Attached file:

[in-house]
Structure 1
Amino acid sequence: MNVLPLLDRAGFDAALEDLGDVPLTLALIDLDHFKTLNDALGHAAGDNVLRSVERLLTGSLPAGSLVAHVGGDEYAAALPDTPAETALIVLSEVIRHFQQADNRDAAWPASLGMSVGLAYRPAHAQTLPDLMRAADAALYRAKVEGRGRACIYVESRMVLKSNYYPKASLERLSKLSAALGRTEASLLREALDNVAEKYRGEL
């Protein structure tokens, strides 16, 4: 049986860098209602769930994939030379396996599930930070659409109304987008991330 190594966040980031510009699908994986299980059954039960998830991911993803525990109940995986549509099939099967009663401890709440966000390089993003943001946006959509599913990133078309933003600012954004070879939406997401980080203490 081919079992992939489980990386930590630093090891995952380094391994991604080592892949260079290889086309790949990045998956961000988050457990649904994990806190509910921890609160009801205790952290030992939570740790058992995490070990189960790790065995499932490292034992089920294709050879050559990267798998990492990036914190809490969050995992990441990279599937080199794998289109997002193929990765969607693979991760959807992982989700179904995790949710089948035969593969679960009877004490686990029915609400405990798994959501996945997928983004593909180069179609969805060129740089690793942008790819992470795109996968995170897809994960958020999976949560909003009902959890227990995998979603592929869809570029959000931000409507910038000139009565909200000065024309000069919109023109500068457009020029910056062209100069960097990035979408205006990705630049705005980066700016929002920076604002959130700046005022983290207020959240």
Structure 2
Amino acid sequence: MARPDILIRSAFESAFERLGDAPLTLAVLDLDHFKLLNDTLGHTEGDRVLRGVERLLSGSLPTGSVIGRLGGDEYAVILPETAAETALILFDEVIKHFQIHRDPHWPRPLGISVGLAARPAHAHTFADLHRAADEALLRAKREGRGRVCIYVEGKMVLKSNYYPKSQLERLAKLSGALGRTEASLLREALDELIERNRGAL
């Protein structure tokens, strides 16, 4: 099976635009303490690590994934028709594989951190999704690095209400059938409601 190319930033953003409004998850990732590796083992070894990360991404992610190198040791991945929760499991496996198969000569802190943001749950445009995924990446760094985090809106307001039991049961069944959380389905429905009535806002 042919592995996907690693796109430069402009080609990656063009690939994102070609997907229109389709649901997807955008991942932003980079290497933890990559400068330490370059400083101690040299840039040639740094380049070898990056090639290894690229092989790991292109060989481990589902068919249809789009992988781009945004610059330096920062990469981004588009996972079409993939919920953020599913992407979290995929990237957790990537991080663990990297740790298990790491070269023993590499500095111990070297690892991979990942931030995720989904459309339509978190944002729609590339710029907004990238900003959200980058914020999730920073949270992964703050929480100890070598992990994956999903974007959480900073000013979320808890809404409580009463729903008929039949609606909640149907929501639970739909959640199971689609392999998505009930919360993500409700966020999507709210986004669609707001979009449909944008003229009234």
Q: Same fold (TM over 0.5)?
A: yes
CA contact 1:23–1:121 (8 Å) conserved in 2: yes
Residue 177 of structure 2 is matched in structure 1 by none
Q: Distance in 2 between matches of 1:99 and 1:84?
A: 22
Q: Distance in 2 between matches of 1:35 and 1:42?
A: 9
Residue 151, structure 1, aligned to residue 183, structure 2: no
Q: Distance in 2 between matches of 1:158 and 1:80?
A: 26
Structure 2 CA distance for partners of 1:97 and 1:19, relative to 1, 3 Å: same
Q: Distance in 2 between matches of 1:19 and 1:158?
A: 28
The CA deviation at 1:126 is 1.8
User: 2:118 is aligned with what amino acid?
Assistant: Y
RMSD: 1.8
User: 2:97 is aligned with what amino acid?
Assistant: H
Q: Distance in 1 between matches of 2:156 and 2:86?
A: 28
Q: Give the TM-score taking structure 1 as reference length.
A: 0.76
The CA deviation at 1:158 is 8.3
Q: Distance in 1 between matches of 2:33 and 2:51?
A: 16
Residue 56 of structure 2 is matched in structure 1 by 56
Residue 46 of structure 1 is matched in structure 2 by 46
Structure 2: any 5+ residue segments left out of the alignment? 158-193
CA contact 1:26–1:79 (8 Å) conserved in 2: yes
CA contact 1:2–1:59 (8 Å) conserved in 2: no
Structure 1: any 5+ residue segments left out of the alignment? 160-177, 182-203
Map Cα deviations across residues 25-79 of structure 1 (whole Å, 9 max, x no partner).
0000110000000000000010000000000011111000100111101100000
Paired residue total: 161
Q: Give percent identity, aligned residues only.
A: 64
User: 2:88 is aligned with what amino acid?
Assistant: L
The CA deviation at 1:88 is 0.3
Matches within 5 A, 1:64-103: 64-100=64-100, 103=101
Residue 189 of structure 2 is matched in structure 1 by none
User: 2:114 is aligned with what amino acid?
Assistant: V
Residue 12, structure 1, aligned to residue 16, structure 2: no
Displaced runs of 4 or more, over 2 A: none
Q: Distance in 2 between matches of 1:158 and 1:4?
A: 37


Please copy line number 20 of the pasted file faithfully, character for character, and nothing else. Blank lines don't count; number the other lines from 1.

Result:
Q: Distance in 2 between matches of 1:19 and 1:158?